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Lookout Mountain Hike

From Oregon Hikers Field Guide

Summit cliffs of Lookout Mountain (romann)
Distant Cascade snowpeaks from Lookout summit (romann)
Dry meadows on the upper part of the trail (romann)
Snow shelter (romann)
  • Start point: Mother Lode Mine TrailheadRoad.JPG
  • End point: Mother Lode Mine Trailhead
  • Trail Log: Trail Log
  • Hike Type: Out-and-back
  • Distance: 3.4 miles
  • Elevation gain: 1045 feet
  • Difficulty: Moderate
  • Seasons: June-October; accessible from sno-park in winter @ Round Mountain trailhead
  • Family Friendly: Yes, for kids over 8
  • Backpackable: Yes
  • Crowded: Yes


Hike Description

Ochoco Mountains' highest peak, Lookout Mountain features wide, rolling summit plateau with high desert meadows and islands of forest. In June and July, the meadows have rich assortment of flowers. This area is pretty high (you start at 5,875 feet and go to almost 7,000') and is good for getting used to elevation, and it also melts out much earlier than alpine areas of the Cascades. It's more sunny and drier than in the Cascades - just watch for thunderstorm forecast. There is a lot of wildlife. But the main draw of Lookout Mountain is outstanding views - not only from summit viewpoint, but for miles and miles along its trails. This page describes the short, steeper access to Lookout Mtn Summit, but if you have time and energy, it's highly recommended to do a popular Lookout loop or even a long loop, to see more of this outstanding area.

Begin at Mother Lode Mine trailhead (old topo maps show it as Independence Mine TH). There are 3 signed trails starting from this trailhead, look for Mother Lode Mine trail #808A. It follows steep, long-abandoned road bed through young forest with occasional meadows, and before long you start seeing good views on your right. In about 1.3 miles the trail comes out of the trees on the summit plateau meadows, and you come to 3-way junction with Lookout Mtn trail #804 - fork left and continue up hill, much less steep from this point. In about 200 yards from the junction, you'll reach another trail on your left, signed for snow shelter. This historical, 3-wall structure with a stove and wooden roof is just a short way from main trail, and worth a visit. There are good places to camp under the trees around the shelter (and of course, the shelter itself, but expect some company) but if you camp, you'll need to bring water - there's no reliable springs for at least 2-3 miles around.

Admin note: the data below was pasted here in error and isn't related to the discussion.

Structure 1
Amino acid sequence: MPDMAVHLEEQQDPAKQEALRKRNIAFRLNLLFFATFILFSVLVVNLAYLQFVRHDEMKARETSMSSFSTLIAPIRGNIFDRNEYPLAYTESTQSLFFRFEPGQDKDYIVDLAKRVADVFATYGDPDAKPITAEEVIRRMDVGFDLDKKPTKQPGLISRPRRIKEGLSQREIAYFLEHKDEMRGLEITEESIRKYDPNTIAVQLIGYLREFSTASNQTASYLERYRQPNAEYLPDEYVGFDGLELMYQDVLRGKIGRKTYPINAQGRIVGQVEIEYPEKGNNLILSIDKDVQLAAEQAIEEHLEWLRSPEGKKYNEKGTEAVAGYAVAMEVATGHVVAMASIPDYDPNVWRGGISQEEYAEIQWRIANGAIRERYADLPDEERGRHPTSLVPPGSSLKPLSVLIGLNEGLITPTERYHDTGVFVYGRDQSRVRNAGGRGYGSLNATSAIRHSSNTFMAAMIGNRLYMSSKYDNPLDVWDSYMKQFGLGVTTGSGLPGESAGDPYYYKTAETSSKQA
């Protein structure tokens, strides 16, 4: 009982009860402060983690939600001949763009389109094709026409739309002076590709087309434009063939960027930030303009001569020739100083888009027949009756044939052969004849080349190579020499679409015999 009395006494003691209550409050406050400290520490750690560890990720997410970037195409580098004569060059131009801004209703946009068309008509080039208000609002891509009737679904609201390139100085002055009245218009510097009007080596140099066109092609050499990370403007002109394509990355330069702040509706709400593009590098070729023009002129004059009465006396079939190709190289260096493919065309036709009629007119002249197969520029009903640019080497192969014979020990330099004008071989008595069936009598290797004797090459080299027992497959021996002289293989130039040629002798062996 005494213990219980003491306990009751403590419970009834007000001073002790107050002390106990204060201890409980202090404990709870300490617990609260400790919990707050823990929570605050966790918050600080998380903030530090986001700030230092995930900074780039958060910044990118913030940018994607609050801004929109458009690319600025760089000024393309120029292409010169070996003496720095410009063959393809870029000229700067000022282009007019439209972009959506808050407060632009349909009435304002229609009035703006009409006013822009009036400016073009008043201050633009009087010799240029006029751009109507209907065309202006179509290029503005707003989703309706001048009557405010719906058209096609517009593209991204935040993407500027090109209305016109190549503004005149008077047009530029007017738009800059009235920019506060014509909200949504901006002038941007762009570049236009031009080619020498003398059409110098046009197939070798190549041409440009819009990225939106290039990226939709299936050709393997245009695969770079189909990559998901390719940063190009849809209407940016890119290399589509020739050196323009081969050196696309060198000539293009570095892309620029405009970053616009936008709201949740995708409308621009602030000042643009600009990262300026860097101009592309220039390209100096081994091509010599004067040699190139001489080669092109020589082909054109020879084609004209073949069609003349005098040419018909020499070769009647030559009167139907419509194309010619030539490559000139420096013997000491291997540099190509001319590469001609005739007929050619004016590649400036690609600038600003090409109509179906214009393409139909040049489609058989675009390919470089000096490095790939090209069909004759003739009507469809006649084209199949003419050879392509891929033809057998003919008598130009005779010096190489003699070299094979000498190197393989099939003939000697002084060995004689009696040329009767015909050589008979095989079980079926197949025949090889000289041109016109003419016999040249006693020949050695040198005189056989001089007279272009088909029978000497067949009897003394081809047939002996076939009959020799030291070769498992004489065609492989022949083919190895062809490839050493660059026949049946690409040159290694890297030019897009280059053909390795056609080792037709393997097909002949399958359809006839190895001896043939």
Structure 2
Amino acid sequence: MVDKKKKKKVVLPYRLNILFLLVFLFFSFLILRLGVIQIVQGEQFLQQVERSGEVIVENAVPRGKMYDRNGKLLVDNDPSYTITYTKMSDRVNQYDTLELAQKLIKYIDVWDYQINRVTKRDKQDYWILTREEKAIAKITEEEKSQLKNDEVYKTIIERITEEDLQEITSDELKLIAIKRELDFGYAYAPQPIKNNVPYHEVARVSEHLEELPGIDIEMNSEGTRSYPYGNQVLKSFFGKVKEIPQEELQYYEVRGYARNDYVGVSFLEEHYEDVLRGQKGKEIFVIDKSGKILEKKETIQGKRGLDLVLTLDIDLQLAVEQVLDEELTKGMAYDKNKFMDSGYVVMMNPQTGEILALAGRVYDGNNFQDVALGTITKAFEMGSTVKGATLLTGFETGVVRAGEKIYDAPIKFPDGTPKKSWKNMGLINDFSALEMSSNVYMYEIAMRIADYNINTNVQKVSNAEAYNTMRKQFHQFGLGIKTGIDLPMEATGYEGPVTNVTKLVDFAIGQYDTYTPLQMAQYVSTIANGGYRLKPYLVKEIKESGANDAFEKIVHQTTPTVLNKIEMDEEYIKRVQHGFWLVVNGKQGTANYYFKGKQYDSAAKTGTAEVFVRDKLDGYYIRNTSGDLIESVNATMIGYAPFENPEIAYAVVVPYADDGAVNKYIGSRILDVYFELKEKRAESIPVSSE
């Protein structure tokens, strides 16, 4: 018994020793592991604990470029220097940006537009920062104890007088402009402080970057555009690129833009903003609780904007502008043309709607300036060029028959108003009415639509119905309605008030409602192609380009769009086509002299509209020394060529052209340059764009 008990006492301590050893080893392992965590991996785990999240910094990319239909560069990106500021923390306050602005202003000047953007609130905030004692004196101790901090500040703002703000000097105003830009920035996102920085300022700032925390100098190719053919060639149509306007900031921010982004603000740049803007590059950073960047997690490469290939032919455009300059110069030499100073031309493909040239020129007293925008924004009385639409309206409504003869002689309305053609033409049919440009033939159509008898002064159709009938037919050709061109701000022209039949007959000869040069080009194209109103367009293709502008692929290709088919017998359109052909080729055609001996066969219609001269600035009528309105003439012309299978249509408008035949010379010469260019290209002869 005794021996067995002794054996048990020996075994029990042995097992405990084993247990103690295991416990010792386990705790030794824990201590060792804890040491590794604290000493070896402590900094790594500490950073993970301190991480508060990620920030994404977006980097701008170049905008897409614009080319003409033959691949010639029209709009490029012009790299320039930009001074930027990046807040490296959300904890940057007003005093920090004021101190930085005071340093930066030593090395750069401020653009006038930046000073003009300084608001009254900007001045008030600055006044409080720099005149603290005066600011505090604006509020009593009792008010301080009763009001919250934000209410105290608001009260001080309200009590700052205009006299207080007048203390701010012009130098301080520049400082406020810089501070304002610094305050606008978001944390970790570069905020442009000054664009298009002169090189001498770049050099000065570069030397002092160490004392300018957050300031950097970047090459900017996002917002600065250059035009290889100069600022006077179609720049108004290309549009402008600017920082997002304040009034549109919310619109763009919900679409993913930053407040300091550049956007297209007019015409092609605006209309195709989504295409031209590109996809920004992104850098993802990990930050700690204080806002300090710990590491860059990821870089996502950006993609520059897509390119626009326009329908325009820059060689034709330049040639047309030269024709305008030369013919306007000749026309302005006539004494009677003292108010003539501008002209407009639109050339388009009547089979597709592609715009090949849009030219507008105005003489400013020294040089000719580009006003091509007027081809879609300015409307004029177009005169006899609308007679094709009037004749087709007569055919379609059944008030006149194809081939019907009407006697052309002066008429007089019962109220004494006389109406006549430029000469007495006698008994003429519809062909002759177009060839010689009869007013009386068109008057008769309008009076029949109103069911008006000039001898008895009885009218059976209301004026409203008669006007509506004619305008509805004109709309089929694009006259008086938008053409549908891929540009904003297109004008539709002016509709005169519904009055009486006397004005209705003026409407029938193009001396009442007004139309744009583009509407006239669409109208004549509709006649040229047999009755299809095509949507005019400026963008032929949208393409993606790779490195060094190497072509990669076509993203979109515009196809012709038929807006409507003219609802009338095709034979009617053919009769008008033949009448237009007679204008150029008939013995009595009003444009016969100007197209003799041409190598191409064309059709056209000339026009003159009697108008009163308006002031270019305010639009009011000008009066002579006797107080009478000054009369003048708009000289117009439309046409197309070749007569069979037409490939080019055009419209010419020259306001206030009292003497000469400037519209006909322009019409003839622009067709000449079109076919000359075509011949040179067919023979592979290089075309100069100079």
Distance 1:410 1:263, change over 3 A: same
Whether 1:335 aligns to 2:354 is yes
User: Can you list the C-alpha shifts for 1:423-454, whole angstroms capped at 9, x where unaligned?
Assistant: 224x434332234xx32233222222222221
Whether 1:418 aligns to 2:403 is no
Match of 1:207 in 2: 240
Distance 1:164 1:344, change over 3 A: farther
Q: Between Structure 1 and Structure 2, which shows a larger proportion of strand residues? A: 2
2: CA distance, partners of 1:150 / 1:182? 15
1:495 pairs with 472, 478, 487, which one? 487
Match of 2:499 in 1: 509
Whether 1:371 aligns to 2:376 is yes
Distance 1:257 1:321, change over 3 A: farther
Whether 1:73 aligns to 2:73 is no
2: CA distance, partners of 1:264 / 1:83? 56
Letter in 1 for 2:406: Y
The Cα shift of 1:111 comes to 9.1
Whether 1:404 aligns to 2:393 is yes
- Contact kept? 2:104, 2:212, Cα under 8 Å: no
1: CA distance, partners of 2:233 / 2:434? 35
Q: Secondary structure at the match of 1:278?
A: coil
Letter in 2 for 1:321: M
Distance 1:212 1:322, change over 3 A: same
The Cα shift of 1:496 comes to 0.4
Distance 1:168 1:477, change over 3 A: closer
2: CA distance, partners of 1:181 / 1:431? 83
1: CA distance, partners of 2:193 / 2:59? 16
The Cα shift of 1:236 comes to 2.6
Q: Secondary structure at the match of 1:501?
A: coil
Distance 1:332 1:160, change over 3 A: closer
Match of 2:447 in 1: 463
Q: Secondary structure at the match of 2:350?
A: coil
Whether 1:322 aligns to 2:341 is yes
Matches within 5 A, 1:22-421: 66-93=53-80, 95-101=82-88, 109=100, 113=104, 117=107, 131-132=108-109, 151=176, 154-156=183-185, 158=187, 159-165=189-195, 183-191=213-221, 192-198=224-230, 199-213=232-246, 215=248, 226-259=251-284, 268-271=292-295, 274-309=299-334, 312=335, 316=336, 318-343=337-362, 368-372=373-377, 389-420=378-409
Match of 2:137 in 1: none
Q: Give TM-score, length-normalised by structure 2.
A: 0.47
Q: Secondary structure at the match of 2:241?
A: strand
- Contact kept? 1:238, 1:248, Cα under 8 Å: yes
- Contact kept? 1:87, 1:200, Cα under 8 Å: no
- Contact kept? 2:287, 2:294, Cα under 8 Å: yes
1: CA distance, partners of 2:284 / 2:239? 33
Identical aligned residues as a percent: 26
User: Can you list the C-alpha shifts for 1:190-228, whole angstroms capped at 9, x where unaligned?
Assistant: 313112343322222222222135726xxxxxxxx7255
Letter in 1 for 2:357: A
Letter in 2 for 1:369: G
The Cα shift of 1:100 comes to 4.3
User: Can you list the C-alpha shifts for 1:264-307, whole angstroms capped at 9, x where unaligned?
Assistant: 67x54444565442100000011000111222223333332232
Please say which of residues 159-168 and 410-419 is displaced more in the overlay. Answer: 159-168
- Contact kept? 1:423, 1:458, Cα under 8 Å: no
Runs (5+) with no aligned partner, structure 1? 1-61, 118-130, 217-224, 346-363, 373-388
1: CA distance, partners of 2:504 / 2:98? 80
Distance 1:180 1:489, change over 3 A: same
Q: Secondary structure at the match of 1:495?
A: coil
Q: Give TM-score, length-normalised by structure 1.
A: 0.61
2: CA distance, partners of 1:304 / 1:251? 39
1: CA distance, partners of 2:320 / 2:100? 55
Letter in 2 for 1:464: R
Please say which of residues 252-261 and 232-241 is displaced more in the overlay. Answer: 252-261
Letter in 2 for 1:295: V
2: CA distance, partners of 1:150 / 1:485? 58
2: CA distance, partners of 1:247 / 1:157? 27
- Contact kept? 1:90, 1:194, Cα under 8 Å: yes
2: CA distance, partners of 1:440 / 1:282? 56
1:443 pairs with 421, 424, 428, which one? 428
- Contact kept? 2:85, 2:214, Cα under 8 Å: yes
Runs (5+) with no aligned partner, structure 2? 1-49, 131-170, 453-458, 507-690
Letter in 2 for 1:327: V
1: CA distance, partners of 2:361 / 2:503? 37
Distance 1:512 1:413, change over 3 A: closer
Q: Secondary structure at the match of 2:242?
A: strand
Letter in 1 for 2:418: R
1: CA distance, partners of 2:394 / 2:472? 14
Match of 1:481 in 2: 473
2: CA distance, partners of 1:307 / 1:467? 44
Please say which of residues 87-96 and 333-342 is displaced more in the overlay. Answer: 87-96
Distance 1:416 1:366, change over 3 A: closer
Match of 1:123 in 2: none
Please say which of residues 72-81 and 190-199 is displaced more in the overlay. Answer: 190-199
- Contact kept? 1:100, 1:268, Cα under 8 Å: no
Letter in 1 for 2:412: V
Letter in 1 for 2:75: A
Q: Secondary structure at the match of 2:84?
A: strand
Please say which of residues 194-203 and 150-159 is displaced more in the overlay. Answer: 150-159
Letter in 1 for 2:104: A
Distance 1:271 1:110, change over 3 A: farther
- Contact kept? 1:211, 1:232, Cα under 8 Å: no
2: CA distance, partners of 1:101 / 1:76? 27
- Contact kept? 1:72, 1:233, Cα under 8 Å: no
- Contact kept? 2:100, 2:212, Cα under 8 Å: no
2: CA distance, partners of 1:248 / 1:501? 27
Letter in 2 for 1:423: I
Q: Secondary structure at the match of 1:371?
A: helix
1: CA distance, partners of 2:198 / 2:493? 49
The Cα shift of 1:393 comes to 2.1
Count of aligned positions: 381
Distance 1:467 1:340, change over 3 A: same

Back on the main trail, you will come to another junction in less than 1/3 of a mile, in the middle of a huge sagebrush meadow (look for yellow balsamroot, blue larkspur and lupine, and red scarlet gilia - hummingbirds' favorite - among sagebrush). For the summit, keep straight on unsigned trail and in less than 100 yards the trail will abruptly end at the top of a cliff, with incredible views to the west, north, and south. There are old foundations of (presumably) former lookout building and the corral on the windswept lava bed. On a good day, you'll see most of Central Cascade's snow-capped volcanoes, including Mount Bachelor, Three Sisters, Mount Jefferson, Mount Hood, and Mount Adams, and all the smaller summits in between. Looking back, you'll see a glimpse of Big Summit Prairie through the trees to the east.

Unless you want to extend your trip and make a loop (counter-clockwise loop via trails #807A and #808 is a great one), return the same way you came here.


Lookout Mtn hike final and trls.jpg


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Regulations or restrictions, etc

  • No pass requirements are posted at the trailhead


Oregon Hikers Field Guide is built as a collaborative effort by its user community. While we make every effort to fact-check, information found here should be considered anecdotal. You should cross-check against other references before planning a hike. Trail routing and conditions are subject to change. Please contact us if you notice errors on this page.

Hiking is a potentially risky activity, and the entire risk for users of this field guide is assumed by the user, and in no event shall Trailkeepers of Oregon be liable for any injury or damages suffered as a result of relying on content in this field guide. All content posted on the field guide becomes the property of Trailkeepers of Oregon, and may not be used without permission.